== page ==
At least he said the quiet part out loud.
What’s been lost in the recent Supreme Court decision that a high school football coach has a constitutional right to pray at the 50-yard line after his team’s games is the coach’s motivation for doing so.
Joseph Kennedy never had coached football when Bremerton High School, a public school near Seattle, hired him in 2008. Kennedy described the school district’s decision to hire him to coach the school’s junior varsity team and to serve as an assistant for the varsity team as a “fluke.” The athletic director thought he might be a good fit because of his military background.
When he was deciding whether to take the job in 2008, Kennedy was channel-surfing at home one night when he came across a 2006 movie, Facing the Giants, about a football coach who turns a losing streak around after deciding to praise God after every game. Kennedy decided he would do the same. He pledged he would give God “the glory after every game, win or lose, right there on the field of battle.”
“If praying after a game turned losers into winners, why not try it? What do I have to lose?”
There it is. The quiet part. If praying after a game turned losers into winners, why not try it? What do I have to lose? So, was this an intercessory prayer or a go-for-broke, church-state-separation-be-damned Hail Mary? One man’s prayer can sometimes be another’s superstition.
I remember the story about a boxer who crossed himself before every fight. One opponent, observing this, asked his ring manager, “What does that mean?” To which his manager replied, “Not a darn thing if he can’t box.”
A few months into my first pastorate, I took a group of senior adults to a mountain resort where we would have lunch. As the door closed on our van, one member said, “Let’s pray for travel mercies.” I had never heard that phrase and asked, “What is that?” The member told me it was a prayer for God’s protection during our trip.
I found this prayer intellectually repugnant, reeking of superstition. So, I coyly asked, “Why wouldn’t God protect us without a prayer?” I continued, “When people are hurt or killed in automobile crashes, does that mean God didn’t protect them?”
I quickly sensed I was in the distinct minority in the van, so I said to the woman who had requested the prayer which I viewed as superstition, “Why don’t you lead us in prayer?”
“For many, faith is little more than a cosmic insurance policy, and the premiums are prayers for protection.”
As you might expect, the prayer she uttered was along the lines of “Dear God, please protect us and grant us travel mercies on our trip. Amen.” That prayer haunted me throughout my time as a minister and became Exhibit A in my unfolding hunch that, for many, faith is little more than a cosmic insurance policy, and the premiums are prayers for protection.
In Outgrowing God, Richard Dawkins sees this behavior rooted in the notion of agency. An agent is a thing that deliberately does something for a purpose. Our ancestors saw agents all around them and named them gods; moreover, these gods had to be propitiated by prayers or sacrifices. For example, the unpredictable weather had to be the result of agents like a rain god. Perhaps an incantation to the storm gods could have prevented another storm from ruining crops.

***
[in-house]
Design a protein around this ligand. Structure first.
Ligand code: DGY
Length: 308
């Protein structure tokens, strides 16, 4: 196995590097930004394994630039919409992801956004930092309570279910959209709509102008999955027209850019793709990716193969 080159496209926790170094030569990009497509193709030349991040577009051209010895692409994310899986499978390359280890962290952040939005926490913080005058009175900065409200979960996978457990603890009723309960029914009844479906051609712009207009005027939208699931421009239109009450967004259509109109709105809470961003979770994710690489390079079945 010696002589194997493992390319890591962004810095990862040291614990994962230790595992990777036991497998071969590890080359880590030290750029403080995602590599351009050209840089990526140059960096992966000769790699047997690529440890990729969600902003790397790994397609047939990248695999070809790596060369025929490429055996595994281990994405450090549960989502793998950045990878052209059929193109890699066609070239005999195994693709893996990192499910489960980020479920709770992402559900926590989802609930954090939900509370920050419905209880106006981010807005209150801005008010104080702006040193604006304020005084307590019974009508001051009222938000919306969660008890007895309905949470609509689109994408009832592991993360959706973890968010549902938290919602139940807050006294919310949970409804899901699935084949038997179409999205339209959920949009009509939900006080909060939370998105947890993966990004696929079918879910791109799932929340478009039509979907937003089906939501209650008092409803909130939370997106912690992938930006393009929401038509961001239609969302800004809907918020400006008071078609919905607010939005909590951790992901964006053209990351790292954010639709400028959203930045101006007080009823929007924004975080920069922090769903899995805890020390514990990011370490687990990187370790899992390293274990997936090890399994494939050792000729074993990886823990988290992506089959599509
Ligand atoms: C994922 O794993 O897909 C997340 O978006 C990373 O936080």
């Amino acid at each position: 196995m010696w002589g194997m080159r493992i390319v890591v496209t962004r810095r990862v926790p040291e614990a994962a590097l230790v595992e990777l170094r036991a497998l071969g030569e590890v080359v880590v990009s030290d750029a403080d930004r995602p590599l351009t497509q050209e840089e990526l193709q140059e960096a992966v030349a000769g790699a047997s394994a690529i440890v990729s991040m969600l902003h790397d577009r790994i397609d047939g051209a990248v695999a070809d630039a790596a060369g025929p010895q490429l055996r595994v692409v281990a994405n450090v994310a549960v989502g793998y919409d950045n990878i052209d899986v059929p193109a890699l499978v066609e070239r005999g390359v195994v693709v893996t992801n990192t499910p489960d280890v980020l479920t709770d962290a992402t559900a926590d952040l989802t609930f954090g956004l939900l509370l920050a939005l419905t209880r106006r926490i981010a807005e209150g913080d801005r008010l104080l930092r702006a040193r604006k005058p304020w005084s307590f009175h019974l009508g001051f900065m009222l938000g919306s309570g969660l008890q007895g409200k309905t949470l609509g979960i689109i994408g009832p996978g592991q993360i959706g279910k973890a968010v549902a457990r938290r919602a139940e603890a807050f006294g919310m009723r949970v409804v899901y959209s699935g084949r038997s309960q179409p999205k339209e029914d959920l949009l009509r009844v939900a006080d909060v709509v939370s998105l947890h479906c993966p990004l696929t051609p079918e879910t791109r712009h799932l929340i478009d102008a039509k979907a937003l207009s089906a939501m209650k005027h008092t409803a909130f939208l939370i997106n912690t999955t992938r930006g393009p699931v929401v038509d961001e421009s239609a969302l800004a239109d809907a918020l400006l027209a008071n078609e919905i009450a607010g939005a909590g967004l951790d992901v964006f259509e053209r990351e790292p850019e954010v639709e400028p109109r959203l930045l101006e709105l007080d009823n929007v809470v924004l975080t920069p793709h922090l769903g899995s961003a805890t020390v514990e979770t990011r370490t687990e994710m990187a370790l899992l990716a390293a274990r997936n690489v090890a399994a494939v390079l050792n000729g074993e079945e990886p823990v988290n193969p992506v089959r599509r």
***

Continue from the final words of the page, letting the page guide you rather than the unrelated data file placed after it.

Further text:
We still cling to the notion of agency because, as Dawkins argues, natural selection has been hardwired into our brains to make us pattern seekers. We tend to notice patterns such as sequences — what follows what.
The problem, though, is we think we notice a pattern when there isn’t one.
Mathematicians call these “false positives.” Superstition is a common type of false positive, a mistaken idea about causality, like the belief that walking under a ladder will bring you bad luck. Or that praying on the 50-yard line after a football game might bring you victory in the next one.
But it’s sometimes hard to discard the superstition: “The child was ill with a fever. We sacrificed a goat to the gods and the child got better. So, we better sacrifice a goat the next time somebody gets a high fever.” I brought my lucky rabbit’s foot into the test, and I made an A; so, I will do this for my next test.
“Superstition is all about control.”
Superstition is all about control. Perform certain acts, avoid certain others, and the world is at your fingertips.
I’m sure you’ve noticed the “Door Close” button on elevators. If the elevator was built after the early 1990s, the button does nothing. It’s put there to give you a sense of control. An article in the New Yorker about elevators noted:
That the door eventually closes reinforces passengers’ belief in the button’s power. It’s a little like prayer. Elevator design is rooted in deception — to disguise not only the bare fact of the box hanging by ropes but also the tethering of tenants to a system over which they have no command.
I don’t think we’ve moved that far from the practices and beliefs of our savage ancestors. For some, God is like the “Door Close” button on an elevator. We attempt to curry God’s favor with prayer. We pray for “travel mercies.” We pray for an “A” on the exam and a win on the football field. We push the “God Button,” asking God to heal a disease. Old habits are hard to break. Especially in matters of life and death.
I think it was Michael Scott on The Office who said, “I’m not superstitious, but I am a little ’stitious.” Or was that the Bremerton High School football coach?
David Ramsey was a Baptist minister for 10 years, serving as senior minister to two congregations in Virginia. He earned a bachelor’s degree from Wake Forest University and a master of divinity degree from Duke University Divinity School. He also was a fellow in religion and leadership development at Princeton Theological Seminary.
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